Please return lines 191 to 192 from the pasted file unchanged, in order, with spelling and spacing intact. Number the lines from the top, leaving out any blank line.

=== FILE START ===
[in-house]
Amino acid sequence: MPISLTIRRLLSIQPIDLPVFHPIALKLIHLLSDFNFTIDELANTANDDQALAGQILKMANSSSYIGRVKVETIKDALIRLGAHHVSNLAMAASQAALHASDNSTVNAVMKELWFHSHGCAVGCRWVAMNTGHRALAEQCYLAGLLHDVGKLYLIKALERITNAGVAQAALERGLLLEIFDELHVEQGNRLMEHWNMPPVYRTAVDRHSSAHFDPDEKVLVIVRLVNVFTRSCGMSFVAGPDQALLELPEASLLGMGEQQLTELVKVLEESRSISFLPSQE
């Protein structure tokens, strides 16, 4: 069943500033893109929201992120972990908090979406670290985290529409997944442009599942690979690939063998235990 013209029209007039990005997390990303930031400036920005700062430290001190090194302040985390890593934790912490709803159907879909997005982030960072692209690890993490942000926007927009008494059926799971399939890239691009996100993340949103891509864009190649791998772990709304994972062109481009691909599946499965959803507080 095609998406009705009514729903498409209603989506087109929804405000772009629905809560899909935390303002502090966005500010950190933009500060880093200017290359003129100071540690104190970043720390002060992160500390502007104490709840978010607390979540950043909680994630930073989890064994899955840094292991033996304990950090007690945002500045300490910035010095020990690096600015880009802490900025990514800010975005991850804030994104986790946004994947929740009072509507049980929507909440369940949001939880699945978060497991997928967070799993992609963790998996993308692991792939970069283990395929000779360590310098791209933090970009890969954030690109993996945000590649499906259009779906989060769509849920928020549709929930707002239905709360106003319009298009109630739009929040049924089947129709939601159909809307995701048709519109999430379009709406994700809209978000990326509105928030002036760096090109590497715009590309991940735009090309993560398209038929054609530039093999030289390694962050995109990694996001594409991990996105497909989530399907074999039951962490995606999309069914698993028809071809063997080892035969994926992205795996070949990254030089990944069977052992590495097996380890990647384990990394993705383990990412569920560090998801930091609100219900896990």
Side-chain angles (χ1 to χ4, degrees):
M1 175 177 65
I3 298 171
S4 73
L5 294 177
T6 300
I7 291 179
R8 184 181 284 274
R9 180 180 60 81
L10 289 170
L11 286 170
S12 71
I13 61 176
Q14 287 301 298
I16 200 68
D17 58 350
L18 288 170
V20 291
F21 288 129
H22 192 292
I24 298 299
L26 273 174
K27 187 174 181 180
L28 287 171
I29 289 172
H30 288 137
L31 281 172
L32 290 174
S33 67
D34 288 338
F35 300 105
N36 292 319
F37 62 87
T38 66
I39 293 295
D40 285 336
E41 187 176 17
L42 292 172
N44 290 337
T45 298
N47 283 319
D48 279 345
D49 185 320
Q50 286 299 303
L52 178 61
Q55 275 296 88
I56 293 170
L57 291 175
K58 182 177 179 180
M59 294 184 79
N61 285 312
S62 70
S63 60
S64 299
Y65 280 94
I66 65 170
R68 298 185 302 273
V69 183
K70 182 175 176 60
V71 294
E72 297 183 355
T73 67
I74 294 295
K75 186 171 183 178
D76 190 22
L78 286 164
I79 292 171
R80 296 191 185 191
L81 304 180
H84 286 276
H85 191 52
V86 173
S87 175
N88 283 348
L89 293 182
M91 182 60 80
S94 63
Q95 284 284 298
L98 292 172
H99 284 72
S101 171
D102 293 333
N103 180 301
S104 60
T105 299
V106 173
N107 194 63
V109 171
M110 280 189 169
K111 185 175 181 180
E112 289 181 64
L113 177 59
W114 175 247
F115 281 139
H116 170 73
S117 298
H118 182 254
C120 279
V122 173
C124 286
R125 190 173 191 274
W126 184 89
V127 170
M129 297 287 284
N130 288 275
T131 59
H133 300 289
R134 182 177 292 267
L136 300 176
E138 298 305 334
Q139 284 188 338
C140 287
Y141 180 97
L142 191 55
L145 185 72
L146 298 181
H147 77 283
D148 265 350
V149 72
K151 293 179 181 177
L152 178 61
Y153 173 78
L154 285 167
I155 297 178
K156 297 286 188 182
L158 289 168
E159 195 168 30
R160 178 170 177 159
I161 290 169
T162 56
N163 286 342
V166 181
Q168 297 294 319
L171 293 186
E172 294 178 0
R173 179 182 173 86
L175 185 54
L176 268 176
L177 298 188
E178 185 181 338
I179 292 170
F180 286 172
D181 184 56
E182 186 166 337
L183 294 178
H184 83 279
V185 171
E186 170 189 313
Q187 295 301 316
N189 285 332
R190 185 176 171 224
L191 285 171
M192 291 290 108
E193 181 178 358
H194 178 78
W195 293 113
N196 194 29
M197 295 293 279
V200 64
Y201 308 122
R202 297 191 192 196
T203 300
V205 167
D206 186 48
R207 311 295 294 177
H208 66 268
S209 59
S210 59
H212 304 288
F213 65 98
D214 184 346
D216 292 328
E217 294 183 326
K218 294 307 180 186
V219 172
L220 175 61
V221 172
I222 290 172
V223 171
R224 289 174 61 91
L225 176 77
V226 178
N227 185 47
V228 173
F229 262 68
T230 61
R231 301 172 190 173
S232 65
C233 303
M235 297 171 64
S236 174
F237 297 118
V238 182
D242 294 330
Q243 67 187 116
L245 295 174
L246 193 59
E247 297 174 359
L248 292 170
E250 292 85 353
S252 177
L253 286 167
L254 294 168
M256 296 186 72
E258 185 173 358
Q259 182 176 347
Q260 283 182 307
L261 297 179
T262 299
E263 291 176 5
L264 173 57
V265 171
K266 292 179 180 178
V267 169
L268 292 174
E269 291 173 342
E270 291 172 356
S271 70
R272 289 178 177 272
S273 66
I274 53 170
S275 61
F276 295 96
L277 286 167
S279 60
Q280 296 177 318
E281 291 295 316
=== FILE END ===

S232 65
C233 303